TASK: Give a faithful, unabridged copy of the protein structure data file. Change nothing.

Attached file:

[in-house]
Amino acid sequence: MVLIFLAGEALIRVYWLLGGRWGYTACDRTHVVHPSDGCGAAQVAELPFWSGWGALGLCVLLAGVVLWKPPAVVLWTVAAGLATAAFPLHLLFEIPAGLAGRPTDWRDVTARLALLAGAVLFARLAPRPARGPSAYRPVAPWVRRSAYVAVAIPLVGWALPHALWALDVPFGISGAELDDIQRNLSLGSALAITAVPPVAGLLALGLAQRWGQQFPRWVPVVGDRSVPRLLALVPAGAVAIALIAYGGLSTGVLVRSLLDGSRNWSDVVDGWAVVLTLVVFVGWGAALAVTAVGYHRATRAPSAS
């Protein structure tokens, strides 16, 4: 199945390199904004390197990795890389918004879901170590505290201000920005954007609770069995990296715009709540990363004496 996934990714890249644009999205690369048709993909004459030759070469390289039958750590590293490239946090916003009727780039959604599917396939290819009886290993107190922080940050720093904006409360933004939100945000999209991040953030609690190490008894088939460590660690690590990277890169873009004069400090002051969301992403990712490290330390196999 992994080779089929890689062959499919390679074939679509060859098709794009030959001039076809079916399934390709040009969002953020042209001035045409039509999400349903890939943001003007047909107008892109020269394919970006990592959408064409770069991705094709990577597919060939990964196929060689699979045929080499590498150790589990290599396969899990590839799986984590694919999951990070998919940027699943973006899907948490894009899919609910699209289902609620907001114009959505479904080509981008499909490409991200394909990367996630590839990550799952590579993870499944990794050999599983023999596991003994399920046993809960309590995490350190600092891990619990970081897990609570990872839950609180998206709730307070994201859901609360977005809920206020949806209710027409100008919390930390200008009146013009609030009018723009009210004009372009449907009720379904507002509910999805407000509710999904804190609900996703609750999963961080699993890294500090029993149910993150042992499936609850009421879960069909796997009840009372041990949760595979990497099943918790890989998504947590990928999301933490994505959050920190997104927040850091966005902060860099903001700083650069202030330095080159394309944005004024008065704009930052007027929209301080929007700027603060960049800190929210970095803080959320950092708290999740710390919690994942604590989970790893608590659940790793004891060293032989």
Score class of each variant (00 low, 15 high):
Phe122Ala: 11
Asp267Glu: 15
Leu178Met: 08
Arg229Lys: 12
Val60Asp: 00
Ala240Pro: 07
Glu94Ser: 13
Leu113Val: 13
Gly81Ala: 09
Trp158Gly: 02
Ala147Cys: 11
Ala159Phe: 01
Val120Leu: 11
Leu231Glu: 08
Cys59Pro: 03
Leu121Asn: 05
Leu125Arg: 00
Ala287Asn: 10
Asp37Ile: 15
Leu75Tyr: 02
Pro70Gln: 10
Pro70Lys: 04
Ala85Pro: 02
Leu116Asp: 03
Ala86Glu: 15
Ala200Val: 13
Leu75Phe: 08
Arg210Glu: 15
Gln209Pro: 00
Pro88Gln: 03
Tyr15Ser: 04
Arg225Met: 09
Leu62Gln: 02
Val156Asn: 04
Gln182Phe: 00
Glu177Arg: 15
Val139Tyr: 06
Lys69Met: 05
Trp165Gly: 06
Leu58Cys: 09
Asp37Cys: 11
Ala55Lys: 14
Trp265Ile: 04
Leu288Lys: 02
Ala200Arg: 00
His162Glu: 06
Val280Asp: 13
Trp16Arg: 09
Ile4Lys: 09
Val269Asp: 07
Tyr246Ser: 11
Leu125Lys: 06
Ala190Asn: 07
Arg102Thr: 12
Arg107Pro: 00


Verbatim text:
[in-house]
Amino acid sequence: MVLIFLAGEALIRVYWLLGGRWGYTACDRTHVVHPSDGCGAAQVAELPFWSGWGALGLCVLLAGVVLWKPPAVVLWTVAAGLATAAFPLHLLFEIPAGLAGRPTDWRDVTARLALLAGAVLFARLAPRPARGPSAYRPVAPWVRRSAYVAVAIPLVGWALPHALWALDVPFGISGAELDDIQRNLSLGSALAITAVPPVAGLLALGLAQRWGQQFPRWVPVVGDRSVPRLLALVPAGAVAIALIAYGGLSTGVLVRSLLDGSRNWSDVVDGWAVVLTLVVFVGWGAALAVTAVGYHRATRAPSAS
């Protein structure tokens, strides 16, 4: 199945390199904004390197990795890389918004879901170590505290201000920005954007609770069995990296715009709540990363004496 996934990714890249644009999205690369048709993909004459030759070469390289039958750590590293490239946090916003009727780039959604599917396939290819009886290993107190922080940050720093904006409360933004939100945000999209991040953030609690190490008894088939460590660690690590990277890169873009004069400090002051969301992403990712490290330390196999 992994080779089929890689062959499919390679074939679509060859098709794009030959001039076809079916399934390709040009969002953020042209001035045409039509999400349903890939943001003007047909107008892109020269394919970006990592959408064409770069991705094709990577597919060939990964196929060689699979045929080499590498150790589990290599396969899990590839799986984590694919999951990070998919940027699943973006899907948490894009899919609910699209289902609620907001114009959505479904080509981008499909490409991200394909990367996630590839990550799952590579993870499944990794050999599983023999596991003994399920046993809960309590995490350190600092891990619990970081897990609570990872839950609180998206709730307070994201859901609360977005809920206020949806209710027409100008919390930390200008009146013009609030009018723009009210004009372009449907009720379904507002509910999805407000509710999904804190609900996703609750999963961080699993890294500090029993149910993150042992499936609850009421879960069909796997009840009372041990949760595979990497099943918790890989998504947590990928999301933490994505959050920190997104927040850091966005902060860099903001700083650069202030330095080159394309944005004024008065704009930052007027929209301080929007700027603060960049800190929210970095803080959320950092708290999740710390919690994942604590989970790893608590659940790793004891060293032989």
Score class of each variant (00 low, 15 high):
Phe122Ala: 11
Asp267Glu: 15
Leu178Met: 08
Arg229Lys: 12
Val60Asp: 00
Ala240Pro: 07
Glu94Ser: 13
Leu113Val: 13
Gly81Ala: 09
Trp158Gly: 02
Ala147Cys: 11
Ala159Phe: 01
Val120Leu: 11
Leu231Glu: 08
Cys59Pro: 03
Leu121Asn: 05
Leu125Arg: 00
Ala287Asn: 10
Asp37Ile: 15
Leu75Tyr: 02
Pro70Gln: 10
Pro70Lys: 04
Ala85Pro: 02
Leu116Asp: 03
Ala86Glu: 15
Ala200Val: 13
Leu75Phe: 08
Arg210Glu: 15
Gln209Pro: 00
Pro88Gln: 03
Tyr15Ser: 04
Arg225Met: 09
Leu62Gln: 02
Val156Asn: 04
Gln182Phe: 00
Glu177Arg: 15
Val139Tyr: 06
Lys69Met: 05
Trp165Gly: 06
Leu58Cys: 09
Asp37Cys: 11
Ala55Lys: 14
Trp265Ile: 04
Leu288Lys: 02
Ala200Arg: 00
His162Glu: 06
Val280Asp: 13
Trp16Arg: 09
Ile4Lys: 09
Val269Asp: 07
Tyr246Ser: 11
Leu125Lys: 06
Ala190Asn: 07
Arg102Thr: 12
Arg107Pro: 00